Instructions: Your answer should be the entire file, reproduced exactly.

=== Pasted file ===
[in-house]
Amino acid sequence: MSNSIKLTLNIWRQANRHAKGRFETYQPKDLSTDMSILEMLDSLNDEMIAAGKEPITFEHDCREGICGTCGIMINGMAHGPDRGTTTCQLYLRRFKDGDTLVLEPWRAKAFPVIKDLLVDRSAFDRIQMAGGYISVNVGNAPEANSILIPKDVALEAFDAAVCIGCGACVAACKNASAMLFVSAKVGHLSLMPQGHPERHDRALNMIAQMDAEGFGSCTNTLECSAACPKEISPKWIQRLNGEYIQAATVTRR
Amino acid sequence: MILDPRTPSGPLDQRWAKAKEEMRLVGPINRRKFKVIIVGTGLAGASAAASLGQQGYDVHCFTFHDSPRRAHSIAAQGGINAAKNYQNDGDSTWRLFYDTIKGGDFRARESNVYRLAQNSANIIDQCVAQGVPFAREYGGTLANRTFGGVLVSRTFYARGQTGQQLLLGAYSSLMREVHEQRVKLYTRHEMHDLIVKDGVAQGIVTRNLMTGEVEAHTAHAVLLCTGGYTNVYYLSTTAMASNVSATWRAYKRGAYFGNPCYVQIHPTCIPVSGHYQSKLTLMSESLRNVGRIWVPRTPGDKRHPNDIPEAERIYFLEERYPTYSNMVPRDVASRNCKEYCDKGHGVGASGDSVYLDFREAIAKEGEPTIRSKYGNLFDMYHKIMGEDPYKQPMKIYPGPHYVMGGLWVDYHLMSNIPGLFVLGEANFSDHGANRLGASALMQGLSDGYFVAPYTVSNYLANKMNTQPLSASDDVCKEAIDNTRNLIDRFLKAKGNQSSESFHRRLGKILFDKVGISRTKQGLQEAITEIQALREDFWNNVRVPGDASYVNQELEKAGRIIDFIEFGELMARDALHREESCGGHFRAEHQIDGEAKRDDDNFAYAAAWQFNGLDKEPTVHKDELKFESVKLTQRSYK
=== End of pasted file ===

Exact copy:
[in-house]
Amino acid sequence: MSNSIKLTLNIWRQANRHAKGRFETYQPKDLSTDMSILEMLDSLNDEMIAAGKEPITFEHDCREGICGTCGIMINGMAHGPDRGTTTCQLYLRRFKDGDTLVLEPWRAKAFPVIKDLLVDRSAFDRIQMAGGYISVNVGNAPEANSILIPKDVALEAFDAAVCIGCGACVAACKNASAMLFVSAKVGHLSLMPQGHPERHDRALNMIAQMDAEGFGSCTNTLECSAACPKEISPKWIQRLNGEYIQAATVTRR
Amino acid sequence: MILDPRTPSGPLDQRWAKAKEEMRLVGPINRRKFKVIIVGTGLAGASAAASLGQQGYDVHCFTFHDSPRRAHSIAAQGGINAAKNYQNDGDSTWRLFYDTIKGGDFRARESNVYRLAQNSANIIDQCVAQGVPFAREYGGTLANRTFGGVLVSRTFYARGQTGQQLLLGAYSSLMREVHEQRVKLYTRHEMHDLIVKDGVAQGIVTRNLMTGEVEAHTAHAVLLCTGGYTNVYYLSTTAMASNVSATWRAYKRGAYFGNPCYVQIHPTCIPVSGHYQSKLTLMSESLRNVGRIWVPRTPGDKRHPNDIPEAERIYFLEERYPTYSNMVPRDVASRNCKEYCDKGHGVGASGDSVYLDFREAIAKEGEPTIRSKYGNLFDMYHKIMGEDPYKQPMKIYPGPHYVMGGLWVDYHLMSNIPGLFVLGEANFSDHGANRLGASALMQGLSDGYFVAPYTVSNYLANKMNTQPLSASDDVCKEAIDNTRNLIDRFLKAKGNQSSESFHRRLGKILFDKVGISRTKQGLQEAITEIQALREDFWNNVRVPGDASYVNQELEKAGRIIDFIEFGELMARDALHREESCGGHFRAEHQIDGEAKRDDDNFAYAAAWQFNGLDKEPTVHKDELKFESVKLTQRSYK